I want to created a JAR file and I want to run it on a client machine.So, I have a couple of questions:

  1. How can I convert the JAR file to an EXE file?
  2. How can I encrypt the JAR file's contents? The jar file could be extracted with WinRAR and the classes could be decompiled with any Java decompiler.
  3. How can I create an installer? My clients doesn't have any JVM and I don't want to ship JDK or JRE along, because they have big size.
  • If you convert the jar to an exe (on windows I suppose?) it will probably pull half the jre in the exe to satisfy dependencies. – extraneon Feb 16 '10 at 10:30
  • yuvadeveloper.blogspot.com/2009/03/… – user427776 Aug 22 '10 at 18:11
  1. See this link: Java to Exe. It also explains what valid reasons are to do this, and when you should not.

  2. You can't really encrypt binaries as the machine has to understand them. That said, an optimized executable is very difficult to decompile, while plain class files are ease.

  3. If you have an exe there are installers enough.

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  • The link does not work, presenting the actual solution is a better way to answer the question (tell the program you should use, or the procedure you must follow) – Roalt Jul 22 '19 at 7:09

JSmooth is a application which will wrap your Jar in an exe

it also allows you to check if the correct version of JRE is available on the system you're deploying to


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As for 1): I guess you can not. There may be tools out there, but you cannot do that with standard tools shipped with JDK, as it would destroy platform independance. (See other answers providing links to such 3rd party tools)

As for 3): Use InnoSetup to create the installer. Include JRE within setup and let InnoSetup install it on the fly.

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  • I can't really see platform independence as a requirement. You generally target an audience, not a platform. If they have standardized on an environment you could target AND test that. – extraneon Feb 16 '10 at 10:43
  • I meant that such a tool would not be shipped with JDK due to platform independance reasons. JDK ships tools to build and package apps for any platform on any platform. – Thorsten Dittmar Feb 16 '10 at 12:20

You can't prevent decompilation. The best you can do is make it harder or more time-consuming to do so. As an answer to your question though, I believe you can use gcj to compile Java into EXEs.

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  • 2
    +1 for pointing out the futility of trying to prevent reverse engineering. – Stephen C Feb 16 '10 at 11:04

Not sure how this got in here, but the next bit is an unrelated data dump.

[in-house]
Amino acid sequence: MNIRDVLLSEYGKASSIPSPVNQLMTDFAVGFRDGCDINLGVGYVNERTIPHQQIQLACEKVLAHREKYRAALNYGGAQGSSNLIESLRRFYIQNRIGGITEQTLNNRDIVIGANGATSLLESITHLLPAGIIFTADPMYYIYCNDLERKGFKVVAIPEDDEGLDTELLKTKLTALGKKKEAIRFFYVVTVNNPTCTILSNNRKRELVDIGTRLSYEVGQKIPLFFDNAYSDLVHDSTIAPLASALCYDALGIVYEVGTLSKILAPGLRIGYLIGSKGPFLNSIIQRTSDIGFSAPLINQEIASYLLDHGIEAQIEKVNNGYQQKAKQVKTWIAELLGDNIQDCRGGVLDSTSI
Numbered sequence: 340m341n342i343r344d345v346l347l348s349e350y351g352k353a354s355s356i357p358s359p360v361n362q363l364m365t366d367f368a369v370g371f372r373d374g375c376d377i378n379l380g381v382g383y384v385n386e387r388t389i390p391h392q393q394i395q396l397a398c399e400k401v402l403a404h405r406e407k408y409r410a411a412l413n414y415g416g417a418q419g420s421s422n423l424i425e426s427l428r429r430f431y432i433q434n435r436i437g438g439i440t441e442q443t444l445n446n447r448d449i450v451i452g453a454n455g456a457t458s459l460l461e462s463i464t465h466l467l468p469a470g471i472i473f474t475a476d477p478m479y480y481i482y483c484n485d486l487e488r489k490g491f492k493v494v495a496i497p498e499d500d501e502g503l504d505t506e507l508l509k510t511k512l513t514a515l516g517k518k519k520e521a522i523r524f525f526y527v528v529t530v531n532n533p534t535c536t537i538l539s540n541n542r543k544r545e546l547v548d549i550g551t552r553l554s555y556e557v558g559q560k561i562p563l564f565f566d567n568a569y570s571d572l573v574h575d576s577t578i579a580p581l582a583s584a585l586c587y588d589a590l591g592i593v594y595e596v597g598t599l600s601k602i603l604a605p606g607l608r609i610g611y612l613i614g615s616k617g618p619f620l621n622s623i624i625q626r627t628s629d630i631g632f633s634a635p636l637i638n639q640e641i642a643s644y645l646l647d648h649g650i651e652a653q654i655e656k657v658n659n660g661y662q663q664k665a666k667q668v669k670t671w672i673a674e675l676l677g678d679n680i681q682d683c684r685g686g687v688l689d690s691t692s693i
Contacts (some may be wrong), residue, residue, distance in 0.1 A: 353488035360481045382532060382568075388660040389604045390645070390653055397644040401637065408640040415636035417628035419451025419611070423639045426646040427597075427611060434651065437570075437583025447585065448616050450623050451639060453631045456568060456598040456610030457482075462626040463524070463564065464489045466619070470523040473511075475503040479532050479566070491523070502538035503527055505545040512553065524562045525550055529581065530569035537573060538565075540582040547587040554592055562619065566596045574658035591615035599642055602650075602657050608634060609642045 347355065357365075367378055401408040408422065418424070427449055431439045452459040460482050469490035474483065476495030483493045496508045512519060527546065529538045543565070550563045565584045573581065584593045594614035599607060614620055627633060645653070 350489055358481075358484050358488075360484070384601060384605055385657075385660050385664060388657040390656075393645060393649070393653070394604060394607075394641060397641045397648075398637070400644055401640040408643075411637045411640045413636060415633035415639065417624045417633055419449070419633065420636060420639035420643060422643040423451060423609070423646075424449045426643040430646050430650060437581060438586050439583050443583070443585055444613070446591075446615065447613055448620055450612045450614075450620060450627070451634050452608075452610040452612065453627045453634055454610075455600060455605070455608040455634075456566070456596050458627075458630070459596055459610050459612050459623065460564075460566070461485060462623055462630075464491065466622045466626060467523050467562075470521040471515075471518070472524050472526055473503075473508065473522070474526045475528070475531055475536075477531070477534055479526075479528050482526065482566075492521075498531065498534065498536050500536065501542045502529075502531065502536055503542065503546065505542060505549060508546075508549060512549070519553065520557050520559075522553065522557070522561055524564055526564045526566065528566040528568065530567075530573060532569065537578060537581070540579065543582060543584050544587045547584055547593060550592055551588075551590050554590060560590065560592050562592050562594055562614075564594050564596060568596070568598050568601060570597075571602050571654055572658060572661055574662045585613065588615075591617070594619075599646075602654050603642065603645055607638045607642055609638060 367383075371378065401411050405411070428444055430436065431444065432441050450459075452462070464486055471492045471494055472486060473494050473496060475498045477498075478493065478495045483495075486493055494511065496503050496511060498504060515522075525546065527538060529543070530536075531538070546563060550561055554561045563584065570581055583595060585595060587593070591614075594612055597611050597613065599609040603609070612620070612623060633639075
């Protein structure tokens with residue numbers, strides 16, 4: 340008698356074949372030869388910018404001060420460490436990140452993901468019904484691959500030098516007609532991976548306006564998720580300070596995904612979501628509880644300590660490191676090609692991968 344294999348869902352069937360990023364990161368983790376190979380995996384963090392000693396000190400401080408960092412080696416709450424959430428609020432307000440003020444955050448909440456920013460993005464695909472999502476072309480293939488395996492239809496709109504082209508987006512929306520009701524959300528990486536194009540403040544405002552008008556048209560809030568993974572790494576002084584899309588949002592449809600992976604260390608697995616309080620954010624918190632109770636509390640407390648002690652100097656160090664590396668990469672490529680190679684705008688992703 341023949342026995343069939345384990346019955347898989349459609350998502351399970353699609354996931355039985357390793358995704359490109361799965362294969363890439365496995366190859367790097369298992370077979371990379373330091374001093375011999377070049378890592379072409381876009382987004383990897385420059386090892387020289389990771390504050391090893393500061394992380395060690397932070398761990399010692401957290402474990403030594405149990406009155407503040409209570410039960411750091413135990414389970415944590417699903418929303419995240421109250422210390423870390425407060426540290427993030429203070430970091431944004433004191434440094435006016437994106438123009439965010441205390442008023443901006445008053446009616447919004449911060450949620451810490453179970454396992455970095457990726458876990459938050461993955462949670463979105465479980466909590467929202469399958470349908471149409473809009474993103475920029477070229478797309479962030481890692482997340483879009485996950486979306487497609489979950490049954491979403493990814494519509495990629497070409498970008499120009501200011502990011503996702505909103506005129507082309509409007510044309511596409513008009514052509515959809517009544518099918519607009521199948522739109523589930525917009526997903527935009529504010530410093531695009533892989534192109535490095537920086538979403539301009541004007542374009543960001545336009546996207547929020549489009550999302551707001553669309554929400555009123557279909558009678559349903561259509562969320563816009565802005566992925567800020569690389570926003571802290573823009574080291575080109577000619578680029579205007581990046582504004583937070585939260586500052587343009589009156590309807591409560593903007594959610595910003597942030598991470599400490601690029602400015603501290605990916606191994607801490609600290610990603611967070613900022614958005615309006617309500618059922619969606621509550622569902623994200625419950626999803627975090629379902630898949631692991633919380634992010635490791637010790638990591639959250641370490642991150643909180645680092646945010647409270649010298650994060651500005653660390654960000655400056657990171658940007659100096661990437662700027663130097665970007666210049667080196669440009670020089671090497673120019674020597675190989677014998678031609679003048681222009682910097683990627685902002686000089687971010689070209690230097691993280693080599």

May be Excelsior JET will satisfy your needs.) IMHO very mature product.

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1) I have recently tried the program jarToExe and like it. Some features are:

  • free basic version or very cheap ($30) for 'enterprise'
  • ability to have windows task manager list your app's name instead of the default java.exe
  • extra obfuscation
  • runtime check that java is installed

2) You can make it harder to reverse engineer using proguard or other obfuscator

3) nsis is a very powerful, free scripting language to create windows installers. Good documentation on the site wiki and support on stack overflow as well.

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Launch4j worked for me while some tools hadn't been working. It also have a good guide here.

Hope this help!

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We use a 7zip SFX install launcher. This is an open source simple tool. It will package your jar, a version of jre so it's not mandatory for the installing systems to have jre installed and a self extracting version of 7zip. Here is a tutorial which explains how to bundle and GitHub link The project is not maintained but works perfectly(tested until Java 1.8)

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1) To create the exe, you can use Launch4j

2) As I have seen, you cannot encrypt the jar contents. I'm not sure though.

3) To create the installer you can use the exe you just created and use InnoSetup to create the files. You have to embed the jre inside the installer and also any other libraries and extra files that may need in the runtime. When embedding the jre, the setup gets large and if you want to avoid that, you can ask the clients to install java in the machines. That way, you wont need to ship with the jre.

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